What types of costs can be included in the initial Cost Basis

What types of costs can be included in the initial Cost Basis

Posted by on Apr 5, 2017

Yes I Can Include This Cost in Initial Cost Basis

Tax Basis in Real Estate Part 2

In Part I of this series, I explored the definitions of Cost Basis and Adjusted Basis as they related to real estate investments. As I noted in that article, certain real estate transaction costs and expenses can be included when determining the Cost Basis. In this article we’ll delve into the types of costs that are included in the original Cost Basis.

Additions to Cost Basis

Real Estate Taxes - if you pay real estate taxes that the seller owed on real estate that you purchased, and the seller did not reimburse you, the amounts are included in your Cost Basis. You cannot deduct them as taxes paid.

Alternatively, if you reimburse the seller for taxes the seller paid for you, you can typically deduct those amounts as an expense as opposed to including in your Cost Basis. If you did not reimburse the seller, you must reduce your Cost Basis.

Settlement Costs - these settlement and closing costs are typically all included on your settlement statement and include:

  • Abstract fees (abstract of title fees).
  • Charges for installing utility services.
  • Legal fees (including title search and preparation of the sales contract and deed).
  • Recording fees.
  • Surveys.
  • Transfer taxes.
  • Owner's title insurance.
  • Any amounts the seller owes that you agree to pay, such as back taxes or interest, recording or mortgage fees, charges for improvements or repairs, and sales commissions.

It’s important to note that there are some commonly found amounts on settlement statements that cannot be included in your Cost Basis:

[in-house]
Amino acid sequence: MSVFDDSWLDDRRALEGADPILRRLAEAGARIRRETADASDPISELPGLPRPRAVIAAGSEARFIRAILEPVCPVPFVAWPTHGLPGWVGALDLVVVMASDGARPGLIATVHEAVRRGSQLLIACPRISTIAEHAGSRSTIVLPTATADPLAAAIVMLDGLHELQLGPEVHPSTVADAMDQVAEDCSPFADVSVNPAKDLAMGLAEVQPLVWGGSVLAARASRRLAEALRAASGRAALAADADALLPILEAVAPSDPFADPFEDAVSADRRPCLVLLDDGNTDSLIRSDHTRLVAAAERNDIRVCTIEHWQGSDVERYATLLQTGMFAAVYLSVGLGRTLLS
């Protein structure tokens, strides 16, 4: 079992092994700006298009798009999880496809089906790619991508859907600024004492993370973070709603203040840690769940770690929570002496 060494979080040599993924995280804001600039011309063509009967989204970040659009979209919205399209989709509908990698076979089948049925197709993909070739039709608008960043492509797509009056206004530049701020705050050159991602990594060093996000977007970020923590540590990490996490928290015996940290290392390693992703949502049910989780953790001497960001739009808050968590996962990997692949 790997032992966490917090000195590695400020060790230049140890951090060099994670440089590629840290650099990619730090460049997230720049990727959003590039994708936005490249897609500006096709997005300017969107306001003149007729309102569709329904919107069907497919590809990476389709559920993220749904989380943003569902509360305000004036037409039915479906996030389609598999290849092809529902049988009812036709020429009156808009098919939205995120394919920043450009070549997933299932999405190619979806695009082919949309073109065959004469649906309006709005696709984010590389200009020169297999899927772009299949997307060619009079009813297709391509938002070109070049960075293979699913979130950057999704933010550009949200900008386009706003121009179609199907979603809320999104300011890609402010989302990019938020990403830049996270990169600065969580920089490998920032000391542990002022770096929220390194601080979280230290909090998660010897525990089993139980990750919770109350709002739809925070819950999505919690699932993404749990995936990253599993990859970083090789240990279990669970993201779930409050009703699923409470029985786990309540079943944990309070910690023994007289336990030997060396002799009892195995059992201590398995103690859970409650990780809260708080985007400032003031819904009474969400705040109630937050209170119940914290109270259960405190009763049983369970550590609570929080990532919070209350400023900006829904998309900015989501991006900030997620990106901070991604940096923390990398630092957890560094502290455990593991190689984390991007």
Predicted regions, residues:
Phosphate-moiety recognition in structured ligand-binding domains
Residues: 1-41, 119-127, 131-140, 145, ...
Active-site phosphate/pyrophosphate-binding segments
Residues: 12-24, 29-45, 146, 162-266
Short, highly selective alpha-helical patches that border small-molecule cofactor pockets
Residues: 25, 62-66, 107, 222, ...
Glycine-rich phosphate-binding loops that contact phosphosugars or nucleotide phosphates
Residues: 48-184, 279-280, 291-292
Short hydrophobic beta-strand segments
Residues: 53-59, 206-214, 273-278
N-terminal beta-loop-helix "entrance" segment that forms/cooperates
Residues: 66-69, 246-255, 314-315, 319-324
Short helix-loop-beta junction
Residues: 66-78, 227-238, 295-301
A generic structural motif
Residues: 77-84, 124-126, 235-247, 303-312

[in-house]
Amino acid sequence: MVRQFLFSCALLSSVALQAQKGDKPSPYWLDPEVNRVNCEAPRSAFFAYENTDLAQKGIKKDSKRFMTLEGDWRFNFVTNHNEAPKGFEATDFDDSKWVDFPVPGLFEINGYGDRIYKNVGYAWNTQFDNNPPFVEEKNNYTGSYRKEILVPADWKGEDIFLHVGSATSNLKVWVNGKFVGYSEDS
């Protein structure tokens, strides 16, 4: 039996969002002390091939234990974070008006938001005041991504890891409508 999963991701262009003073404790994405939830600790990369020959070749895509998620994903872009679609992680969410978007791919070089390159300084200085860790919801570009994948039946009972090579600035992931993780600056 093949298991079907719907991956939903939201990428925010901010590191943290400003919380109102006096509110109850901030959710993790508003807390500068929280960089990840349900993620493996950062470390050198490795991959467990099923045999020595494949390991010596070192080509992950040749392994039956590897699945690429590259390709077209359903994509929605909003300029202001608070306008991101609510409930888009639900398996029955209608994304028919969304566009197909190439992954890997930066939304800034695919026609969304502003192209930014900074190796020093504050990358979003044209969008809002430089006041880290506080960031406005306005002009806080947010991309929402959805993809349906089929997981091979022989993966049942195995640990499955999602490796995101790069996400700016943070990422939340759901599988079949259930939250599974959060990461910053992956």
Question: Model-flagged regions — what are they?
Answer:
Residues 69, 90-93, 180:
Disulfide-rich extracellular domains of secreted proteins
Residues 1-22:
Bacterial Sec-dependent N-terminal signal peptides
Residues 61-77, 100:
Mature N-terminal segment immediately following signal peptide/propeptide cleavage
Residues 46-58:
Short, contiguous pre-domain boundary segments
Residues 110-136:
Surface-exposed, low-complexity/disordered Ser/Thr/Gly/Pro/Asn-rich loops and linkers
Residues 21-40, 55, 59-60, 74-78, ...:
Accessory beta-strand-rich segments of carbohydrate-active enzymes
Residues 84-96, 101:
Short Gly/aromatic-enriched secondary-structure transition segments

• Amounts placed in escrow for future payments (typically taxes and insurance)
  • Casualty insurance premiums.
  • Rent for occupancy of the property before closing.
  • Charges for utilities or other services related to occupancy of the property before closing.
  • Charges connected with getting a loan. The following are examples of these charges.
    • Points (discount points, loan origination fees).
    • Mortgage insurance premiums.
    • Loan assumption fees.
    • Cost of a credit report.
    • Fees for an appraisal required by a lender.
  • Fees for refinancing a mortgage.

Points - Points paid to obtain a loan are not included in the Cost Basis. Generally these amounts are deducted as expenses over the life of the loan. (Note that points paid for a mortgage on your primary residence are treated differently.)

Assumption of mortgage - If you buy property and assume (or buy subject to) an existing mortgage on the property the amount to be paid on the assumed debt should be included in your Cost Basis.

As I noted in Part I of this series, there are also certain costs and expenses incurred during the ownership of a real estate asset that can be added to, or deducted from, your Cost Basis which results in the Adjusted Basis for purposes of determining depreciation and capital gains/losses. In the next article in this series, we’ll explore some of the common items that are incorporated in determining Adjusted Basis.

For more information on basis and adjusted basis, refer to Publication 551 and the Form 1040, Schedule D Instructions, Capital Gains and Losses from the IRS.

Need help determining your potential tax liabilities from the sale of an investment property? Want to better understand your options and limitations? Realized will prepare a 1031 Investment Plan, which among other valuable analysis, will estimate your potential tax liability and help you determine if a 1031 exchange is your best option.* With nearly 60 years of collective experience and $5.0 billion of real estate transactions behind us, the Realized team has the expertise and the tools to assist in understanding the risks and returns of investments. Visit our Marketplace to view a variety of tax-efficient, 1031-qualified real estate investment opportunities. Offerings are pre-packaged, allowing accredited investors to efficiently compare multiple opportunities and create customized portfolios.

*Realized 1031 is not an Investment Adviser or CPA and does not provide investment or tax advice. Any information contained in the 1031 Investment Plan or other materials is for illustrative purposes only. Securities offered through the Realized Marketplace are exclusively through WealthForge Securities, LLC, a registered broker/dealer and member of FINRA/SIPC (“WealthForge”). Certain members of Realized are registered representatives of WealthForge.


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